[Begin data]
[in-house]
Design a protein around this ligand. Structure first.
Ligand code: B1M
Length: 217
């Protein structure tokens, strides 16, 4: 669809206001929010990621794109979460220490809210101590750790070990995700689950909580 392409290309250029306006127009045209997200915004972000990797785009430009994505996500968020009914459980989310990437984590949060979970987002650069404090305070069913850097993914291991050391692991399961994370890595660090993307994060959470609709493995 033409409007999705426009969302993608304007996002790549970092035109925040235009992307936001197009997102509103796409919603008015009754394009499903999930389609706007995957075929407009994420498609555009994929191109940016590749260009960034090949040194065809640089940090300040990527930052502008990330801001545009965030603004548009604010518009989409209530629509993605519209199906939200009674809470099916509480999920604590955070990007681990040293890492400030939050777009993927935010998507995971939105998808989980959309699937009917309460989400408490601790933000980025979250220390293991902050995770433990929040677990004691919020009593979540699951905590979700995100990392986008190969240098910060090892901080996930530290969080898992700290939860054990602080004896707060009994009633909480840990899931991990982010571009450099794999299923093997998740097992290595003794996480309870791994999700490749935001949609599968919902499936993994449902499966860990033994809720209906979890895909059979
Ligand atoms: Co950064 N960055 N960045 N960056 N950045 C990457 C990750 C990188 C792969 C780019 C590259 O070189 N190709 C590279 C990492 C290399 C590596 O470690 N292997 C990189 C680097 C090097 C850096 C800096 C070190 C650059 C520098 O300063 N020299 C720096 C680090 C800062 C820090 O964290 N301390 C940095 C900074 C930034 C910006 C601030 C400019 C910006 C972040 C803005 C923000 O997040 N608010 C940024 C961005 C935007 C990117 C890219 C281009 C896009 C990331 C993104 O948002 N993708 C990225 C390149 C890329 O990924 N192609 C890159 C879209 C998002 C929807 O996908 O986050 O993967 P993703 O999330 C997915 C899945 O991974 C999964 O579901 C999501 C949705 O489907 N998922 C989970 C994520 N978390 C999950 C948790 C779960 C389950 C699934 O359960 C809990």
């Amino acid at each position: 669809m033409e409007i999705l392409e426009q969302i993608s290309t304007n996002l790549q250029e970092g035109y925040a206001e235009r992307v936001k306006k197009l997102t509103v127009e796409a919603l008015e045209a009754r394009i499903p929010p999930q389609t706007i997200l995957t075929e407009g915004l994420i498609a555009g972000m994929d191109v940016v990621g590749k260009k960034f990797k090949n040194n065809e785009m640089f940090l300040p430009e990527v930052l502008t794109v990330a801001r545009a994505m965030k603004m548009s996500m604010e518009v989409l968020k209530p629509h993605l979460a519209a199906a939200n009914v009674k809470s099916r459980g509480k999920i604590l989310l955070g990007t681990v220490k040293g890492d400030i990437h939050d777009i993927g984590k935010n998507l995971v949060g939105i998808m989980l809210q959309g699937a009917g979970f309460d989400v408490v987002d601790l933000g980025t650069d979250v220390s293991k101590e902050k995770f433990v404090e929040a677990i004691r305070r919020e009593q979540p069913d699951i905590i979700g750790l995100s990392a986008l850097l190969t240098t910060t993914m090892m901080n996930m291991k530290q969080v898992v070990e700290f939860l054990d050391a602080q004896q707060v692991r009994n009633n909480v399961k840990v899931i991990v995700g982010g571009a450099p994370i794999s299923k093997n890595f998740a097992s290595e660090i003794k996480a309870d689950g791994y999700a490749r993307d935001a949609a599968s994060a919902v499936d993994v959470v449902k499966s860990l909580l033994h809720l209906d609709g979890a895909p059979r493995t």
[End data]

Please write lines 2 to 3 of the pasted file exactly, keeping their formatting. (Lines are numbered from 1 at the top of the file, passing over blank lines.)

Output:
Design a protein around this ligand. Structure first.
Ligand code: B1M